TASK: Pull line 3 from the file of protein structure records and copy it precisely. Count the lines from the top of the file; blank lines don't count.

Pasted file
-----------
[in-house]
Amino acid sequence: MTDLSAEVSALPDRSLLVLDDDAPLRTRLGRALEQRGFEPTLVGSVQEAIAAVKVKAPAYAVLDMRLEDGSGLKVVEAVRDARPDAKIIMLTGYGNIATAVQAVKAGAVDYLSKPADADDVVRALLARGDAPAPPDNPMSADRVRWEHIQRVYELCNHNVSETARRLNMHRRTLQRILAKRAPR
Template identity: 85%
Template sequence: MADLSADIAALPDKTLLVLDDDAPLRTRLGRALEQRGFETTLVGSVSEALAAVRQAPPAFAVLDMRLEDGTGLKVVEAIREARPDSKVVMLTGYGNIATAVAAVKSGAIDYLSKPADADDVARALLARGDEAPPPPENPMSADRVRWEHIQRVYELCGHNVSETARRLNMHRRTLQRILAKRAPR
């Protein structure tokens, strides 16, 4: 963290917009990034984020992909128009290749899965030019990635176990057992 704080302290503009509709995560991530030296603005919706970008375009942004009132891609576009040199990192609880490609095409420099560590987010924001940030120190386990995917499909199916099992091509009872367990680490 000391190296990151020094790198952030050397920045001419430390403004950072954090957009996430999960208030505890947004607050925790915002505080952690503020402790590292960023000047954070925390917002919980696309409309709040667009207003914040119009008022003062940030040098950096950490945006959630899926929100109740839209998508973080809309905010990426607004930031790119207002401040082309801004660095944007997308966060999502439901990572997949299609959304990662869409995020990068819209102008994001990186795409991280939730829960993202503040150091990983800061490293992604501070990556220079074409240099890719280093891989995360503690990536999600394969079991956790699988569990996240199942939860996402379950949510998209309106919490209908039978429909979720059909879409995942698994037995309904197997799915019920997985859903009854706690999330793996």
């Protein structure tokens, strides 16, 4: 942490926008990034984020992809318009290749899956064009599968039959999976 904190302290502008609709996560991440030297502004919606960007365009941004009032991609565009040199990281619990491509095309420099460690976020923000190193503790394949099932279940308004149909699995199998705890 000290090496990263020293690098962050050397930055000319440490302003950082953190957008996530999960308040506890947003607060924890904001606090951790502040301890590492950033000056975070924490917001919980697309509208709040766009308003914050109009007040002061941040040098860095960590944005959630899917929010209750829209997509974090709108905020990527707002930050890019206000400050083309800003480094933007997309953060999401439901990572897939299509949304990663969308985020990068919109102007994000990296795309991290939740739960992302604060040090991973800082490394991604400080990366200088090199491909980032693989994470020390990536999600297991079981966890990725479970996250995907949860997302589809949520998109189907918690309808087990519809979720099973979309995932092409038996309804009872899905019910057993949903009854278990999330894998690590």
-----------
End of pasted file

Template identity: 85%